Aditi Kulkarni and Prasanna Vankina, second-year medical students at the University of Minnesota Medical School, created an orientation module centered around the history, culture and geography of the Twin Cities for first-year medical students at the University. 

“There's a lot of complex history and information about the culture and geography of the Twin Cities,” Vankina said. “Even a lot of us students who have grown up in this environment aren't always fully aware of their significance. While a lot of these histories and narratives are  hard to sit with, there's also so much to celebrate.”

Kulkarni and Vankina came up with the idea shortly after experiencing their own first-year medical school orientation.

"Within just one year of entering medical school, we are in the clinic and seeing patients representing many different communities,” Kulkarni said. “Even if you grew up in Minnesota, there is such a rich diversity here that deserves to be understood in its entirety. It's absolutely essential that we go into these encounters not only understanding the pathophysiological basis for our patient's presenting illness, but also understanding that cultural, historical and geographical contexts play a massive role in health. Moreover, as future physicians, I think we will feel so much more fulfilled by having bonds with our patients that go beyond the superficialities of discussing the latest Vikings game or the weather.”

They began to brainstorm different ways to cultivate more community engagement education. Along with the module, the two facilitated a live zoom community panel session and created educational graphic hand-outs. 

Kulkarni described the panel as an opportunity for students to understand how community plays a role in patient outcomes. The panelists included Sun Yung Shin, Peter Rachlef, Jeanelle Austin, Dr. Tseganesh Selameab and Princess Haley. Throughout the discussion, the group discussed how their work is related to health and healing as well as why local history is important to community-centered work.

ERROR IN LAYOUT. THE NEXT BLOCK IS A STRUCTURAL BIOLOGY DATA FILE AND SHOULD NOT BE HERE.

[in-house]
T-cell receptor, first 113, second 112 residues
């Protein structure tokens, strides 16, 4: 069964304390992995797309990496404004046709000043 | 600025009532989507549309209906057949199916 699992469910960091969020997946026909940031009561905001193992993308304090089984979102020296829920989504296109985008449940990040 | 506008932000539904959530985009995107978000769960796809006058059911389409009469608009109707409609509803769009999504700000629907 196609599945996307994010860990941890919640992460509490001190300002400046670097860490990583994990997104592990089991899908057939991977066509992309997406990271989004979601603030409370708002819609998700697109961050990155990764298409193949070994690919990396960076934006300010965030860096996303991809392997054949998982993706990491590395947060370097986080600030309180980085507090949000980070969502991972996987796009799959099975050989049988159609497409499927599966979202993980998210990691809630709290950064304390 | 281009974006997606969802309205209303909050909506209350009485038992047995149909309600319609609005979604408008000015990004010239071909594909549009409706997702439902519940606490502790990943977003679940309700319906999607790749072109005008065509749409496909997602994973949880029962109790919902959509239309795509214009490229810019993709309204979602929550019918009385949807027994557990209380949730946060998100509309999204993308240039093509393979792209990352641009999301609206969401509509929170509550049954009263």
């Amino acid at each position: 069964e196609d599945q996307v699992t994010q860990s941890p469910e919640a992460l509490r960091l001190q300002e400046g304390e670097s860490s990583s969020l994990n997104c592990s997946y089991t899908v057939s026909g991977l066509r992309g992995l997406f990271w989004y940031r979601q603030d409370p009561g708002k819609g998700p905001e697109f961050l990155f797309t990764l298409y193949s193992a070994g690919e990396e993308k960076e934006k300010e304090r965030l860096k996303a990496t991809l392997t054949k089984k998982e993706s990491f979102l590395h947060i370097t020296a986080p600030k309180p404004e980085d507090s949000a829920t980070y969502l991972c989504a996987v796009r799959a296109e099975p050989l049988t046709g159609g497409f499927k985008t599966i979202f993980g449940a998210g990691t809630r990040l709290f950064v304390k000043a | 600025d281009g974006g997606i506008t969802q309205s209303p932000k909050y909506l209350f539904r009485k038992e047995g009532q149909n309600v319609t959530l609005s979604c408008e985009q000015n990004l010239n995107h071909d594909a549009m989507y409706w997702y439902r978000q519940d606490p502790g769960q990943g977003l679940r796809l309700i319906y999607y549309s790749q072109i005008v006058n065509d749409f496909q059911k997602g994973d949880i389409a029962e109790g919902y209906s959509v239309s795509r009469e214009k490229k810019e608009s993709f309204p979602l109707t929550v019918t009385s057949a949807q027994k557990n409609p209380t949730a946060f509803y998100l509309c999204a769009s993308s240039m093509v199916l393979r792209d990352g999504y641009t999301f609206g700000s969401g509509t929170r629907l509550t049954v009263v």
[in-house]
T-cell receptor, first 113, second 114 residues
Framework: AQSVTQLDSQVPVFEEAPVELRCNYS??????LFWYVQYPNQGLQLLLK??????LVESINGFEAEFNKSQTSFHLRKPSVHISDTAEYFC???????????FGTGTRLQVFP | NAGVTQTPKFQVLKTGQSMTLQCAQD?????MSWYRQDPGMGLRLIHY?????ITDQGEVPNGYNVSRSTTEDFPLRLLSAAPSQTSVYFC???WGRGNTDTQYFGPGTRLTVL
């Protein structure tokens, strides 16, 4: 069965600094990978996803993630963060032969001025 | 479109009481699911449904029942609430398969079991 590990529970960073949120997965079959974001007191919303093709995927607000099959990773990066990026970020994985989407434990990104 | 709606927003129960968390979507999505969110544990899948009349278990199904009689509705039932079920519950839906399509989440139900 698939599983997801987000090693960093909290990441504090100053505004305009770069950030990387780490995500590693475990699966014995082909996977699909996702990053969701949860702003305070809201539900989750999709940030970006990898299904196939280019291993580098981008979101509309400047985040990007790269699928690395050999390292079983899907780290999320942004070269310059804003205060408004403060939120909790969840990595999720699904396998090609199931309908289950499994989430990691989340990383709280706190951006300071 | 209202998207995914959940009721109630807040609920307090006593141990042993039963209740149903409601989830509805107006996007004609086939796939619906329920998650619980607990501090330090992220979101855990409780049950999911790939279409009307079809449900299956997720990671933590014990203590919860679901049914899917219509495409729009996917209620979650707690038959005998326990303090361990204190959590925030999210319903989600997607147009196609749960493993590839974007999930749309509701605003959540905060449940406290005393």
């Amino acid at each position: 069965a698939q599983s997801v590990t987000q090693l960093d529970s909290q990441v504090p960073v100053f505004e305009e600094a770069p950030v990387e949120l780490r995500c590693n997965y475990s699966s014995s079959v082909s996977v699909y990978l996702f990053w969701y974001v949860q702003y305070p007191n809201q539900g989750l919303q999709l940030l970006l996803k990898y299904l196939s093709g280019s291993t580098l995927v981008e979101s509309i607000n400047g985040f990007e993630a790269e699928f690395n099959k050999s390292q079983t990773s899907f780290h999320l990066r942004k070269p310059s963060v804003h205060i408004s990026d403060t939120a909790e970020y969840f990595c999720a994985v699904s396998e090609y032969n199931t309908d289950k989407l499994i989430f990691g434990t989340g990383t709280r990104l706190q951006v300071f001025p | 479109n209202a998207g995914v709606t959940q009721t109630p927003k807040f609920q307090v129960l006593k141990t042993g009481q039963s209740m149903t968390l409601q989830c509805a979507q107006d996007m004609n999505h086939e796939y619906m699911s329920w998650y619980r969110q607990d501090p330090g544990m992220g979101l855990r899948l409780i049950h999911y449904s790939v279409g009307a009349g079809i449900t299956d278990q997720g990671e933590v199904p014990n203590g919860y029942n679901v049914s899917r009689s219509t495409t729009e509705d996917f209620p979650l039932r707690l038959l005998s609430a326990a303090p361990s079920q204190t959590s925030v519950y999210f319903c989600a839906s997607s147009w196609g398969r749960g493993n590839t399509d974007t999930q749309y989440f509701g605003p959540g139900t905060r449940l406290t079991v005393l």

“As I personally progress through medical school, I’m constantly exploring different specialties and the unique aspects of each,” Kulkarni said. “I always come back to the question: what ultimately is the role of a physician? The answer looks so different for each specialty, but the more I think about it, the more that I find that my answer is always going to be rooted in the community. And I think that no matter who you are, some element of your answer can be found in community.”

The panel and module received an overwhelmingly positive response from students. 

“A lot of students ranked the community panel as one of the most, if not the most, valuable orientation activity for them,” Vankina said. “It was a tremendous joy to read the feedback and the actual comments themselves about how meaningful it was both for in-state and out-of-state students. It reminded me that regardless of whether we are in medical school or not, we all long for a deep sense of historical rootedness and belonging in whatever community we find ourselves in.”

Kulkarni and Vankina view the module as a fluid document, reflecting the ongoing cultural and community changes in the Twin Cities as no community is stagnant. The two shared that creating the module was an important reminder of how fully caring for patients  requires acknowledging that we all carry more than signs and symptoms when we walk through clinic doors. 

“Showing up for your community happens in many different ways,” Kulkarni said. “I don't think it always has to be this big project you planned by yourself. It can also be in the relationships you cultivate, such as simply striving to know your neighbors.”

“I often think about how education is a tool for liberation, and I believe medical education should be no different,” Vankina said. “What if we also looked beyond the walls of the medical school or other institutions to find a sense of belonging and purpose? Valuable learning and meaningful connections are not confined to these spheres alone. And really ask ourselves if we are prioritizing relationality, curiosity and humility proactively at different stages throughout our medical journey. And if not, well then what are the structures or frames-of-mind that need to be dismantled or shifted so that we can?”

"I think this session is also an important reminder that what we prioritize on our resume has little bearing on how we actually care for patients in the future,” Kalkarni said. “I'd really love to see a future in medicine where we look past resumes as a guidance for how we will be as doctors, but rather strive to be excellent community-members, knowing how important it is for the health of our patients."